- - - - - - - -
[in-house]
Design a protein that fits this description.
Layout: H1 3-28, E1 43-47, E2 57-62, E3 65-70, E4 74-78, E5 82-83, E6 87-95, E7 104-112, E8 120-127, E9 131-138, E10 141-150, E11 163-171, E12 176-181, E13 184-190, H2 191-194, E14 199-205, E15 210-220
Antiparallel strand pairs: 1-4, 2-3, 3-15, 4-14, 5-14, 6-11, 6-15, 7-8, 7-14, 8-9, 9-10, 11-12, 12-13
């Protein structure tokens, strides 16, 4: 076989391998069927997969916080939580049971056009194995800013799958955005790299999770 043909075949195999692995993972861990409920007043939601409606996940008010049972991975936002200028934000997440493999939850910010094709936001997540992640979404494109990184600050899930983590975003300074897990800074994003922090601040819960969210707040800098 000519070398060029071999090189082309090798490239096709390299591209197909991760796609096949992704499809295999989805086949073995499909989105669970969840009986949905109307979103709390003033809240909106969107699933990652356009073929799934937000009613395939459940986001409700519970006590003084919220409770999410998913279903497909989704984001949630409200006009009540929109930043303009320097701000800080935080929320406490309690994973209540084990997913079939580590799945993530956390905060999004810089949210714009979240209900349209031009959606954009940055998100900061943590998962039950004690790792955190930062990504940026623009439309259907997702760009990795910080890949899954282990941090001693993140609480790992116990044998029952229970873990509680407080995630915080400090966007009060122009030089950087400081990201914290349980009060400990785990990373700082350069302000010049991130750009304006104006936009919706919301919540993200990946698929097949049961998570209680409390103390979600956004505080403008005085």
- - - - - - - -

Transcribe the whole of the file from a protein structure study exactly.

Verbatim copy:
[in-house]
Design a protein that fits this description.
Layout: H1 3-28, E1 43-47, E2 57-62, E3 65-70, E4 74-78, E5 82-83, E6 87-95, E7 104-112, E8 120-127, E9 131-138, E10 141-150, E11 163-171, E12 176-181, E13 184-190, H2 191-194, E14 199-205, E15 210-220
Antiparallel strand pairs: 1-4, 2-3, 3-15, 4-14, 5-14, 6-11, 6-15, 7-8, 7-14, 8-9, 9-10, 11-12, 12-13
């Protein structure tokens, strides 16, 4: 076989391998069927997969916080939580049971056009194995800013799958955005790299999770 043909075949195999692995993972861990409920007043939601409606996940008010049972991975936002200028934000997440493999939850910010094709936001997540992640979404494109990184600050899930983590975003300074897990800074994003922090601040819960969210707040800098 000519070398060029071999090189082309090798490239096709390299591209197909991760796609096949992704499809295999989805086949073995499909989105669970969840009986949905109307979103709390003033809240909106969107699933990652356009073929799934937000009613395939459940986001409700519970006590003084919220409770999410998913279903497909989704984001949630409200006009009540929109930043303009320097701000800080935080929320406490309690994973209540084990997913079939580590799945993530956390905060999004810089949210714009979240209900349209031009959606954009940055998100900061943590998962039950004690790792955190930062990504940026623009439309259907997702760009990795910080890949899954282990941090001693993140609480790992116990044998029952229970873990509680407080995630915080400090966007009060122009030089950087400081990201914290349980009060400990785990990373700082350069302000010049991130750009304006104006936009919706919301919540993200990946698929097949049961998570209680409390103390979600956004505080403008005085």